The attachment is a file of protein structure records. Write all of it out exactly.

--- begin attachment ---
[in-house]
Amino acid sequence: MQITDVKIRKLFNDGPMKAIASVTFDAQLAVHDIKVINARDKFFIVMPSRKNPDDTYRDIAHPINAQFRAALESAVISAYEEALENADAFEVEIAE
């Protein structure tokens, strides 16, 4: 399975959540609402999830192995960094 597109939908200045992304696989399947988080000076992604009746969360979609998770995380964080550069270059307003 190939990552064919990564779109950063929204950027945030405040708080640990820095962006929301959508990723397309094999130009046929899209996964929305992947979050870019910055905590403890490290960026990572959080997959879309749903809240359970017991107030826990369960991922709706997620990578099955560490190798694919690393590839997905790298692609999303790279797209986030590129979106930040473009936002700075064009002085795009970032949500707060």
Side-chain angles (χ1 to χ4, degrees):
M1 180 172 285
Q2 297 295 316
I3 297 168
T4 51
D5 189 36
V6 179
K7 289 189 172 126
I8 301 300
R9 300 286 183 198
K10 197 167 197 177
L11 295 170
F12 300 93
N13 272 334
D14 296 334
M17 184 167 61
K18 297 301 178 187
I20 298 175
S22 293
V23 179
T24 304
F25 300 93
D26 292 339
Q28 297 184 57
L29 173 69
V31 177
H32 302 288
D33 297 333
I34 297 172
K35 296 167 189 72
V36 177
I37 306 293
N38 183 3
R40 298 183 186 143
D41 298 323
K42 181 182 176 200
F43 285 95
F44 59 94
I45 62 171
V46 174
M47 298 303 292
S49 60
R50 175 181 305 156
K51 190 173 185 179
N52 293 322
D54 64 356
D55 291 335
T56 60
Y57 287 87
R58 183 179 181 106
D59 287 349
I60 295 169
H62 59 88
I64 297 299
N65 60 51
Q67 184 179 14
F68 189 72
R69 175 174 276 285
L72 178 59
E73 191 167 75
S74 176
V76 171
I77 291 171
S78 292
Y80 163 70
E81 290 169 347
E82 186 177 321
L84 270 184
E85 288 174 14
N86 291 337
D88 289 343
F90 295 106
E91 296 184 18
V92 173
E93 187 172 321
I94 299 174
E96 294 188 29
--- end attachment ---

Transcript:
[in-house]
Amino acid sequence: MQITDVKIRKLFNDGPMKAIASVTFDAQLAVHDIKVINARDKFFIVMPSRKNPDDTYRDIAHPINAQFRAALESAVISAYEEALENADAFEVEIAE
């Protein structure tokens, strides 16, 4: 399975959540609402999830192995960094 597109939908200045992304696989399947988080000076992604009746969360979609998770995380964080550069270059307003 190939990552064919990564779109950063929204950027945030405040708080640990820095962006929301959508990723397309094999130009046929899209996964929305992947979050870019910055905590403890490290960026990572959080997959879309749903809240359970017991107030826990369960991922709706997620990578099955560490190798694919690393590839997905790298692609999303790279797209986030590129979106930040473009936002700075064009002085795009970032949500707060």
Side-chain angles (χ1 to χ4, degrees):
M1 180 172 285
Q2 297 295 316
I3 297 168
T4 51
D5 189 36
V6 179
K7 289 189 172 126
I8 301 300
R9 300 286 183 198
K10 197 167 197 177
L11 295 170
F12 300 93
N13 272 334
D14 296 334
M17 184 167 61
K18 297 301 178 187
I20 298 175
S22 293
V23 179
T24 304
F25 300 93
D26 292 339
Q28 297 184 57
L29 173 69
V31 177
H32 302 288
D33 297 333
I34 297 172
K35 296 167 189 72
V36 177
I37 306 293
N38 183 3
R40 298 183 186 143
D41 298 323
K42 181 182 176 200
F43 285 95
F44 59 94
I45 62 171
V46 174
M47 298 303 292
S49 60
R50 175 181 305 156
K51 190 173 185 179
N52 293 322
D54 64 356
D55 291 335
T56 60
Y57 287 87
R58 183 179 181 106
D59 287 349
I60 295 169
H62 59 88
I64 297 299
N65 60 51
Q67 184 179 14
F68 189 72
R69 175 174 276 285
L72 178 59
E73 191 167 75
S74 176
V76 171
I77 291 171
S78 292
Y80 163 70
E81 290 169 347
E82 186 177 321
L84 270 184
E85 288 174 14
N86 291 337
D88 289 343
F90 295 106
E91 296 184 18
V92 173
E93 187 172 321
I94 299 174
E96 294 188 29